US based trading app Robinhood is reportedly planning a confidential IPO filing this month, the company has been holding discussions with underwriters about moving forward within weeks. The unsurprising news comes amid a rise in popularity following the surge in meme stocks, facilitated by an online forum and a movement against hedge funds. Sounds confusing? Let us take you back to the beginning.
We know the Robinhood/Gamestop buzz arrived about a month ago, but it’s not going anywhere and is only getting more mainstream attention. So, it’s never to too late to fully track the basics amid pending IPO news.
Robinhood: the numbers
Robinhood was valued at US$11.7 billion in a funding round last year and raised financing this year that will convert to equity in an IPO. A first tranche will convert at a US$30 billion valuation or a 30% discount to the IPO (whichever is lower), with the second tranche at the lower of the 30% IPO discount.
The platform has approximately 13 million users. Quick note: Thais are unable to create an account and trade on Robinhood because it requires a bank account and social security number specific to Americans.
The road to an IPO won’t be too easy though. Since the rise of social media fueled stock surges, Robinhood has found itself in a cash crunch, a series of regulatory questionings and controversy.
Basically, Robinhood had to draw down its credit lines and raise US$3.4 billion from its backers to post more collateral with the Depository Trust & Clearing Corp., the industry’s clearinghouse. The DTC itself wanted members to post more cash in order to ensure they can clear trades; given the wild swing in share prices from the likes of Gamestop.
Following that, Robinhood faced more controversy as it temporarily blocked trading activity on stocks such as Gamestop. It banned the purchasing of various meme stocks, from GME to AMC and NOK, which made it difficult for people to find those particular stocks and not did get rid of the option to sell security. This led to panic sellers being unable to re-open their positions. This action by Robinhood enraged the general public, which led to some class action lawsuits.
To put it simply; it could very well be perceived as market manipulation because the very basis of only being able to sell drives down market prices. Large institutions were not affected by the ban and were able to trade freely during that time.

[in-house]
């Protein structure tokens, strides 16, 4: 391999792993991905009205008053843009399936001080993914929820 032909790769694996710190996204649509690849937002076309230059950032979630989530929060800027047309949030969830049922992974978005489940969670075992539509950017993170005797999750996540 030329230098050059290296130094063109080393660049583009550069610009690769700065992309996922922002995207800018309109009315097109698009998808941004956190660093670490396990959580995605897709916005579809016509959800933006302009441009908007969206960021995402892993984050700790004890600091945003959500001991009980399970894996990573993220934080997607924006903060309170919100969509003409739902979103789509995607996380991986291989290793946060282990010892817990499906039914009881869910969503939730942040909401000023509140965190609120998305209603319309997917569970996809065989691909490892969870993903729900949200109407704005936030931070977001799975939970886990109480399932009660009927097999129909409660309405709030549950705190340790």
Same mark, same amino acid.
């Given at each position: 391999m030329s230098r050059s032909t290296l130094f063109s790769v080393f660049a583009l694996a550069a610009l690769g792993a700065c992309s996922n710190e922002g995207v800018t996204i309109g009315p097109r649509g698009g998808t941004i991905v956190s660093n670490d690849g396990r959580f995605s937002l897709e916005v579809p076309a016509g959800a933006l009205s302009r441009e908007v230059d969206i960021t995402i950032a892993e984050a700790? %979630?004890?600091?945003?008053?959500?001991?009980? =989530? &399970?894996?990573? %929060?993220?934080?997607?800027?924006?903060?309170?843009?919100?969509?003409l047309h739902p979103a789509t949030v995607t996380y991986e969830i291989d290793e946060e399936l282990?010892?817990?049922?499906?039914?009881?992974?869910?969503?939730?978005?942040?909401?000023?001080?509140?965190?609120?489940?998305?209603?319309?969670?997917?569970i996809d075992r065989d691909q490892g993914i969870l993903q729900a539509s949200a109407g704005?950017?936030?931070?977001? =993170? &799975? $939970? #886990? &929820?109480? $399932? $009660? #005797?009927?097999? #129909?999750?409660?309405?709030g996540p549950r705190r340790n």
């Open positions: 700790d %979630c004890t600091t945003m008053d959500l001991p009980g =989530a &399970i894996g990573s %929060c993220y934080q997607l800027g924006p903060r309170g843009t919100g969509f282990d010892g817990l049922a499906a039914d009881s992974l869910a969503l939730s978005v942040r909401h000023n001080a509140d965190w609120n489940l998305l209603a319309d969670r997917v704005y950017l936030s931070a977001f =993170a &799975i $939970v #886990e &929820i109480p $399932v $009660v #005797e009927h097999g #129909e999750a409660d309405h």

In the regulatory filing, Robinhood disclosed that it is facing at least “46 putative class actions and three individual actions” over the trading restrictions.
Look at the power that online communities such as Reddit and Twitter (and for Thais, Facebook groups) have over markets right now.
Meme stocks have become a buzzword in certain investing circles over recent years and the accompanying hype has resulted in significant shifts in valuations for some companies, whos earnings may not reflect the skyrocketing growth.
A meme stock is also driven by FOMO (fear of missing out).
Some of the common characteristics meme stocks share are they’re usually overpriced and experience spikes of rapid growth in short spaces of time.
A meme stock is basically born and bred on social media, think of the ironic images and captions that accompany them. Their rise is almost wholly due to the rise of commission free trading platforms (Robinhood) and online communities that discuss and can hype up stocks (Reddit, Discord, Twitter).
Most of the millennials are on Robinhood, but institutions such as Charles Schwab have also launched their own commission free trading platforms into the market. 0% commission fees open up stock trading to the mass, which shouldn’t be seen as a negative thing because it opens up paths for the everyman to diversify their income and learn about wealth creation.
Perhaps the picture looks a bit different when armies of online bloggers come at Wall Street with the new found power to disrupt.
The Tesla parallel
Let’s point out this fact, initially penned by tech analysis and news blog The Information.
And is there really any difference between what’s going on now with GameStop and the similar craziness in Tesla shares? Tesla has a market capitalization of $822 billion and revenue last year of $31 billion.
This is true. If so, then why has Tesla not been subjected to the regulatory scrutiny that Gamestop itself or any other Meme stock may be?
Online forums: Reddit
Let’s explain this quickly.
Reddit, an online forum for conversations and debates about anything and everything in the world, home to 52 million active daily users and founded back in 2005-is also home to a thread called WallStreetBets.
The thread is a longstanding subreddit channel where over 3.5 million Reddit users discuss highly speculative trading ideas and strategies. Only this year, has it gone pretty much mainstream with GameStop.
“Wallstreetbets exposed a gap between financial insiders and outsiders,” said Reddit CEO Steve Huffman. “In WallStreetBets you see a community, among many things, that is breaking in or trying to break through into that establishment.”
Huffman made this argument on the latest episode of Axios on HBO.
The Gamestop rally
It all started with Keith Gill, a financial analyst and investor who published lengthy threads (both fundamental and technical analysis) about how video game and gaming merchandise retailer Gamestop is undervalued.
From pouring over the company’s quarterly reports, GameStop was sitting on a lot of cash and should be able to recover if management was better.
Gamestop’s rising stock value allowed him to turn a US$53,000 investment into an investment worth close to $50 million, as of January 28, 2021.
Gill is expected to appear before Massachusetts regulators later this week.
This was when the short squeeze came into play.
The plan involved reddit users (2.4 million subscribed at the time) to keep on buying the stock and in turn, cause the hedge funds lose more money so they race to close out their positions at higher and higher prices per share.